14 November 2019
Tackling the digital divide
DAPHNE FRIEDRICH: Many people have been left behind in the digital revolution, by battling digital exclusion we can also battle social exclusion, reducing inequality and creating greater autonomy amongst vulnerable groups.
This piece is part of a blog series from the student finalists of Policy Idol 2019. Through the series, we're sharing students' policy ideas for changing the world, which they pitched at the competition earlier this year.
The “Digital divide” is the gap between those who have access to modern information and communication technology, such as the internet, and those who don’t. As many as eight million people in the UK do not use the internet and 90 per cent of them suffer from other kinds of economic or social disadvantages. They are more likely to be in the lowest income bracket and/or be disabled with long-standing health conditions. Since many day-to-day activities such as communication, banking, shopping and government services are moving to online platforms, the digital divide could further aggravate existing inequalities.
The internet has the potential to bring about positive change to people’s lives. It can facilitate access to cheaper goods, better services, and specialised support for the elderly, incapacitated or lower-income individuals living in rural areas. Thus, if individuals can seize the opportunities offered by the internet, it can play a role in reducing inequalities of access rather than widening existing gaps.
Notwithstanding the benefits of internet connectivity, the existing services available to people such as access to computers in local libraries and digital courses provided by community centres and charities, are not doing enough to bridge the gap.6 While some make an informed choice to stay offline, many people hesitate for various reasons. They could be unaware of the benefits of the internet in their lives or worry that new technology is out of their comfort zone, so they prefer not to engage with it.
To tackle this problem, we need to target the people currently excluded from the internet in a way that appeals to them. For example, the best way to engage especially, but not exclusively, older people is through positive experiences and winning conversations. Consequently, a community-based volunteering scheme may help to connect existing local resources with excluded individuals.
Local community centres are well-placed to provide the necessary infrastructure, organisation and coordination for volunteers. However, community centres may not be ideally placed to reach the excluded individuals. Instead, GP surgeries, hospital wards and discharge lounges are more promising points of contact for an initial approach, since for a variety of reasons digitally excluded individuals tend to be in poorer health than the average internet user.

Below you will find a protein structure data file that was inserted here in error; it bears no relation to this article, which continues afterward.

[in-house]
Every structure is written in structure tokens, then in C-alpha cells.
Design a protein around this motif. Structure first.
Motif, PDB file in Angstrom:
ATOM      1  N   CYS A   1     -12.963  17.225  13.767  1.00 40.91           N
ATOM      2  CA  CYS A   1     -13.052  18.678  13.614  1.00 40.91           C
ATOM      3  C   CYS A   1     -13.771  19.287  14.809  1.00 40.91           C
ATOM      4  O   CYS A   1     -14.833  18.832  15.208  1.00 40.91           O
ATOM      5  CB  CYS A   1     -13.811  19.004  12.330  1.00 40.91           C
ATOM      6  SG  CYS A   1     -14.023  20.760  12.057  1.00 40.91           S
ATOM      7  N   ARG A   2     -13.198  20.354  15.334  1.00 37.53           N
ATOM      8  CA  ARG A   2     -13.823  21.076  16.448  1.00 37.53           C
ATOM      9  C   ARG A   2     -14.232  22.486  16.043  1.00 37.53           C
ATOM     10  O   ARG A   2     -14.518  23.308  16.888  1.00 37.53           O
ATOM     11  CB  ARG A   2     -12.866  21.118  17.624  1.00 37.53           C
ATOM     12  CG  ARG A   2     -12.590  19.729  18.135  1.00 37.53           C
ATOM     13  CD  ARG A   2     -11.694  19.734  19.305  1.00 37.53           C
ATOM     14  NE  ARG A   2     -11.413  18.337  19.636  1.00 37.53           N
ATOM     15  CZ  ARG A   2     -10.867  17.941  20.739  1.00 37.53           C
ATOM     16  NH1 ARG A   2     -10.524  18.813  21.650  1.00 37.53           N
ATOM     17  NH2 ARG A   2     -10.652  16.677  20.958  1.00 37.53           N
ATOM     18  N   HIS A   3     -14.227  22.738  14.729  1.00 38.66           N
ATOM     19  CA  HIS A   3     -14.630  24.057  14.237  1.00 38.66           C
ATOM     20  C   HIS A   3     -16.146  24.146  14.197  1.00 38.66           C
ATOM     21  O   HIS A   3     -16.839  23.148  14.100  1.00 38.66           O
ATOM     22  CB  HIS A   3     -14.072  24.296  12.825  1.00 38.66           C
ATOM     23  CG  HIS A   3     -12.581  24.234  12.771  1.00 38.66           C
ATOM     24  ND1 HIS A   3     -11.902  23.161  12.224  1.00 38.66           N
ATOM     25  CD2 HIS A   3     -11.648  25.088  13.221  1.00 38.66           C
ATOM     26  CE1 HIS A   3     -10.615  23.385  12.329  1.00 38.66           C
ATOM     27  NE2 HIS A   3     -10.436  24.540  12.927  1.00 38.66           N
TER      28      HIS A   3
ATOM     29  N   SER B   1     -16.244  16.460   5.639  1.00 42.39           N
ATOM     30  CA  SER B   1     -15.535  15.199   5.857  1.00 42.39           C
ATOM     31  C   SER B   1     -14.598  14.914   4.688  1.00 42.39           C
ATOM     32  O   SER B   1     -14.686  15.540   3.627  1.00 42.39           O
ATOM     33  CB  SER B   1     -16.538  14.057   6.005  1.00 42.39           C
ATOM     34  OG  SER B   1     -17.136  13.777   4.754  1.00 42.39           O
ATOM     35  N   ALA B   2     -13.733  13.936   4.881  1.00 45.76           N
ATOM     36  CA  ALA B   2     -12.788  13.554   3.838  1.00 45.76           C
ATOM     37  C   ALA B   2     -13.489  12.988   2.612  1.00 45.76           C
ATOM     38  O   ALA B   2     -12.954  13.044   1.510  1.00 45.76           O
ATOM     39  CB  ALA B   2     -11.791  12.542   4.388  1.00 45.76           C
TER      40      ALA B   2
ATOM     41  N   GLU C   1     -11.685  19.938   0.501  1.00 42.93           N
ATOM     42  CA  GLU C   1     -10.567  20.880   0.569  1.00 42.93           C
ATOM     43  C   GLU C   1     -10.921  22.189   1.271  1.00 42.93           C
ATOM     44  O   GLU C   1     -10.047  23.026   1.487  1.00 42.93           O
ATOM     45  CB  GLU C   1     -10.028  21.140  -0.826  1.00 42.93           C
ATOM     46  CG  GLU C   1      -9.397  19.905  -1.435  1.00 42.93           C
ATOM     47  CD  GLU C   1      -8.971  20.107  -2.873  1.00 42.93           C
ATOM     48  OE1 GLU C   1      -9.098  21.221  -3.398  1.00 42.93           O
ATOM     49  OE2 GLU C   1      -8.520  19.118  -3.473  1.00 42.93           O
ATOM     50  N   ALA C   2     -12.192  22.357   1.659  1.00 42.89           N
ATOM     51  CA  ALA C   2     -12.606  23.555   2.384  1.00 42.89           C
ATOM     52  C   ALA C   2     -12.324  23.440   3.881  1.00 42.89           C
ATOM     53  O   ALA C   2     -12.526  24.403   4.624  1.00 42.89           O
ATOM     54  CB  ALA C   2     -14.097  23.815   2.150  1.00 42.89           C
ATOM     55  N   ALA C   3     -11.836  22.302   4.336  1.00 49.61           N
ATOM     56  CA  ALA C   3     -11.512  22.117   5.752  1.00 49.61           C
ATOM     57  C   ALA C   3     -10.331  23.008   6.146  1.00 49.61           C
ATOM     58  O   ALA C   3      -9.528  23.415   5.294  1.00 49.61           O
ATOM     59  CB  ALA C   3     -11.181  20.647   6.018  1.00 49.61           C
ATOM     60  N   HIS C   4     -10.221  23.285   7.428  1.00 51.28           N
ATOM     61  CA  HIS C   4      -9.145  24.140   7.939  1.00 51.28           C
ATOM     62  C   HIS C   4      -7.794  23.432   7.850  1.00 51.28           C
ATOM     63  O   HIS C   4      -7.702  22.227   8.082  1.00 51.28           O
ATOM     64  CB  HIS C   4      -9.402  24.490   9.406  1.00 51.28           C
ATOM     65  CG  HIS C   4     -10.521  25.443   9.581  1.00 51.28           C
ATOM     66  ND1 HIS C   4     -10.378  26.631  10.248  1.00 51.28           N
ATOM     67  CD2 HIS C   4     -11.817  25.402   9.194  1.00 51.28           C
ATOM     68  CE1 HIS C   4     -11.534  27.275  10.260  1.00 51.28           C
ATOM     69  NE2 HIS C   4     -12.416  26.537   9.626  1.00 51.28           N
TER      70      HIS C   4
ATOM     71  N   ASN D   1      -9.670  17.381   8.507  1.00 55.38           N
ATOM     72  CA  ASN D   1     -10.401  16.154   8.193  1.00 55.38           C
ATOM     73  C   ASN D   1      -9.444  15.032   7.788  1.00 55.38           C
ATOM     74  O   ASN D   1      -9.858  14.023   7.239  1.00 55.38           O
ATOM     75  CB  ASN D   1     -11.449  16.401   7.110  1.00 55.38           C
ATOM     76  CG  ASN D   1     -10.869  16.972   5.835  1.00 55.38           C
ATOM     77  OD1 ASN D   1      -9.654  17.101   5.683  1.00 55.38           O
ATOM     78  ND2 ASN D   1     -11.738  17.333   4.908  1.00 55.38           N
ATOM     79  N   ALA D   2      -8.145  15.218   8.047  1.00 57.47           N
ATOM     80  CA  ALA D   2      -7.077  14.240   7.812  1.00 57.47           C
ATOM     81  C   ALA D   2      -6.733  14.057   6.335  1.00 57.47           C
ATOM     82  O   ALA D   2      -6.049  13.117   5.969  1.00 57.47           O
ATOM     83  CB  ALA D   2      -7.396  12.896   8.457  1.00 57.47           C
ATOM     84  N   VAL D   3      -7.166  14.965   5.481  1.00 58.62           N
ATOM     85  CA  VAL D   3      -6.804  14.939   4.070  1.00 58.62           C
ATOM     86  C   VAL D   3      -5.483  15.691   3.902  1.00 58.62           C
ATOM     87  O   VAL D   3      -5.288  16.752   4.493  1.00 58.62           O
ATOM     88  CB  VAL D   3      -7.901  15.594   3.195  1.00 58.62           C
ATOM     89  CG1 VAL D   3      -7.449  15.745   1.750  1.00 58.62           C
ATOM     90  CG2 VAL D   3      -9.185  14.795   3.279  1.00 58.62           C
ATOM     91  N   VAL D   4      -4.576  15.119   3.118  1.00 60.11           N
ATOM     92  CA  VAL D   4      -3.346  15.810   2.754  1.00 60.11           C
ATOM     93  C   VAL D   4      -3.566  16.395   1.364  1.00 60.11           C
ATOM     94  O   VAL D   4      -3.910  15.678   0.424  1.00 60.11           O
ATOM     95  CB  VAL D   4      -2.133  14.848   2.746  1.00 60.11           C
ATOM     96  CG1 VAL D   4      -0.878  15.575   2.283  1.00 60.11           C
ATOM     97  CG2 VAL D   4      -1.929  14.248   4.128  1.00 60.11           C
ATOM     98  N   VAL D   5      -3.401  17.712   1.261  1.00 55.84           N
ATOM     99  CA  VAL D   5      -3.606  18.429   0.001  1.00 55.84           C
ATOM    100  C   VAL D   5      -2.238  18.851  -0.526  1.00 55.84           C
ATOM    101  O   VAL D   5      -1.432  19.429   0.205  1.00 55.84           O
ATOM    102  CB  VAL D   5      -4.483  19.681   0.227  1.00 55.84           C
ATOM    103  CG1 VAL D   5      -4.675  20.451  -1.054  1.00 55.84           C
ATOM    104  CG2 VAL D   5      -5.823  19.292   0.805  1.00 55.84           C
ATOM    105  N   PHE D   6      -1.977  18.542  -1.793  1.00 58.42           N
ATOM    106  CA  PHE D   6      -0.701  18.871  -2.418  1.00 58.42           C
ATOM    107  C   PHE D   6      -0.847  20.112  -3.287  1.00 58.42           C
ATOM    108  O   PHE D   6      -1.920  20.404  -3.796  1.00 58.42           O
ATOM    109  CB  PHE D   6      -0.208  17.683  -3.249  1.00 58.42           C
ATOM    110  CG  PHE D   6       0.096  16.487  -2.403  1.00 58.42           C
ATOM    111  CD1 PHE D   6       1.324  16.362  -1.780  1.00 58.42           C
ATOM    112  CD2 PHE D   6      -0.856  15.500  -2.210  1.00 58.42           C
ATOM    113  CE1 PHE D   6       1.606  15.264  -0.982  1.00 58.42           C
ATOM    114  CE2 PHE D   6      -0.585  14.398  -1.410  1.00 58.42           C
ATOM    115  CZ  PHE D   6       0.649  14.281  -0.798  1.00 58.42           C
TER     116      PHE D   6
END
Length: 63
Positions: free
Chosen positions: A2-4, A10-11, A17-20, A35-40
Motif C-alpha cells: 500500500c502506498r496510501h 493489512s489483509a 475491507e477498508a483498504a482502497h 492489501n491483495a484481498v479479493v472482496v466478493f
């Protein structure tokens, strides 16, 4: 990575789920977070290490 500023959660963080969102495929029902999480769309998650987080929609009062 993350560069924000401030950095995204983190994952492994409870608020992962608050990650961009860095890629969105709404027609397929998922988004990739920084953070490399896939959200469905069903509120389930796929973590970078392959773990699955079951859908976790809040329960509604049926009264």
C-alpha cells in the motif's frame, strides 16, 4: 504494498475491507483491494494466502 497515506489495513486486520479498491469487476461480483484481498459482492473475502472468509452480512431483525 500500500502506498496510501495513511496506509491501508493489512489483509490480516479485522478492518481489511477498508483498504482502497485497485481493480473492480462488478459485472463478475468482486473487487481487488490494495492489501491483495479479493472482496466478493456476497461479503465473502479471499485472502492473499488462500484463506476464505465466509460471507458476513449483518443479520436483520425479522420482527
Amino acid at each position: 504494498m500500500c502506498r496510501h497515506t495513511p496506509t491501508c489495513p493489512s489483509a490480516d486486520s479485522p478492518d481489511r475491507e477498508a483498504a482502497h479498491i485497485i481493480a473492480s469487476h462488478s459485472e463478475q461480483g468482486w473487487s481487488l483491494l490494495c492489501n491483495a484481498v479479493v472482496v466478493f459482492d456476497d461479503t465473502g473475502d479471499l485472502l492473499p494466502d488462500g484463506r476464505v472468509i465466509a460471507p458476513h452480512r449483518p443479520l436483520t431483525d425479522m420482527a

Volunteers should be young individuals interested in working in the medical, care or social professions. Participating in such a programme would be attractive to volunteers as it would allow them to use modern technology and share their knowledge on basic skills, whilst interacting across generations, backgrounds and cultures. Elderly individuals would feel valued and included by the support they received. Moreover, intergenerational exchanges, if conducted reciprocally can further solidarity and social cohesion in the community, which may bridge more than just the digital division, especially in times of ever loosening family structures.
To be a success, the project would need to be tested and refined with a pilot in a digitally deprived community. The scheme would focus on introducing individuals to the advantages of online connectivity through topics that are relevant to the target group. For example, elderly people tend to use the internet to keep in touch with family or to claim their pension. Giving non-digital savvy individuals a positive experience of the internet could lead to increased confidence and a new openness to learning more.
Moreover, elderly and sick individuals often suffer from social isolation and exclusion. While online communities of people with similar conditions and concerns may not replace face-to-face interactions, they could nonetheless mitigate against feelings of loneliness and isolation, which is even more important considering that people are living for longer than ever.
Technological change drives progress. But many people have been left behind in the digital revolution, in the same way they have been left behind by society and policy-makers. Digital and social exclusion can be battled together, reducing inequality and creating greater autonomy amongst vulnerable groups, thereby sustainably closing an important gap in our divided society.
Daphne Friedrich is an undergraduate student in Philosophy, Politics and Economics at King's College London.